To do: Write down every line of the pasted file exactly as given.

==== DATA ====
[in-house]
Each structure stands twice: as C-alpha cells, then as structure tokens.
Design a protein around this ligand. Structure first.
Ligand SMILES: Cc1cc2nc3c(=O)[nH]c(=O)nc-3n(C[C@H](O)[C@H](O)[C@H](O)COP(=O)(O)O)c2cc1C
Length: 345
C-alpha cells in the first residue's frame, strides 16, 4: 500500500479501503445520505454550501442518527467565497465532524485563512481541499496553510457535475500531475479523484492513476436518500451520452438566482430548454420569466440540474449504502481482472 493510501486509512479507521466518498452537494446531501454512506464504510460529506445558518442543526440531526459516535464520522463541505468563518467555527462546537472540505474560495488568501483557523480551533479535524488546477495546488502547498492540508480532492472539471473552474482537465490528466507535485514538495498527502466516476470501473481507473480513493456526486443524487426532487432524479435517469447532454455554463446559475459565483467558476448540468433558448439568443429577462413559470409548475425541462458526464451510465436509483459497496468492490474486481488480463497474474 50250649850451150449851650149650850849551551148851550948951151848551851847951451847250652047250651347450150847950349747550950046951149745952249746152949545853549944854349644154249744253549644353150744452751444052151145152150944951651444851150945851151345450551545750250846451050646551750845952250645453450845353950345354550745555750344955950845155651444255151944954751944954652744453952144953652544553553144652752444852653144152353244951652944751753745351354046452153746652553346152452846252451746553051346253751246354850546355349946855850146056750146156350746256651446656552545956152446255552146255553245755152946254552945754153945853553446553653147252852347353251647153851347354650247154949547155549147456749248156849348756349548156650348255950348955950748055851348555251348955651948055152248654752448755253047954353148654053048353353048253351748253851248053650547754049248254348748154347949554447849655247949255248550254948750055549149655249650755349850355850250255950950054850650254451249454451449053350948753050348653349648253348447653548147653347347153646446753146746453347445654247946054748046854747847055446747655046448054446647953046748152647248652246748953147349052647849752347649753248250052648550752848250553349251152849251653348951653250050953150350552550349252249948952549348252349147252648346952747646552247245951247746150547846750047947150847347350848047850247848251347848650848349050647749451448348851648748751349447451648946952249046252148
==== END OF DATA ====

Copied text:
[in-house]
Each structure stands twice: as C-alpha cells, then as structure tokens.
Design a protein around this ligand. Structure first.
Ligand SMILES: Cc1cc2nc3c(=O)[nH]c(=O)nc-3n(C[C@H](O)[C@H](O)[C@H](O)COP(=O)(O)O)c2cc1C
Length: 345
C-alpha cells in the first residue's frame, strides 16, 4: 500500500479501503445520505454550501442518527467565497465532524485563512481541499496553510457535475500531475479523484492513476436518500451520452438566482430548454420569466440540474449504502481482472 493510501486509512479507521466518498452537494446531501454512506464504510460529506445558518442543526440531526459516535464520522463541505468563518467555527462546537472540505474560495488568501483557523480551533479535524488546477495546488502547498492540508480532492472539471473552474482537465490528466507535485514538495498527502466516476470501473481507473480513493456526486443524487426532487432524479435517469447532454455554463446559475459565483467558476448540468433558448439568443429577462413559470409548475425541462458526464451510465436509483459497496468492490474486481488480463497474474 50250649850451150449851650149650850849551551148851550948951151848551851847951451847250652047250651347450150847950349747550950046951149745952249746152949545853549944854349644154249744253549644353150744452751444052151145152150944951651444851150945851151345450551545750250846451050646551750845952250645453450845353950345354550745555750344955950845155651444255151944954751944954652744453952144953652544553553144652752444852653144152353244951652944751753745351354046452153746652553346152452846252451746553051346253751246354850546355349946855850146056750146156350746256651446656552545956152446255552146255553245755152946254552945754153945853553446553653147252852347353251647153851347354650247154949547155549147456749248156849348756349548156650348255950348955950748055851348555251348955651948055152248654752448755253047954353148654053048353353048253351748253851248053650547754049248254348748154347949554447849655247949255248550254948750055549149655249650755349850355850250255950950054850650254451249454451449053350948753050348653349648253348447653548147653347347153646446753146746453347445654247946054748046854747847055446747655046448054446647953046748152647248652246748953147349052647849752347649753248250052648550752848250553349251152849251653348951653250050953150350552550349252249948952549348252349147252648346952747646552247245951247746150547846750047947150847347350848047850247848251347848650848349050647749451448348851648748751349447451648946952249046252148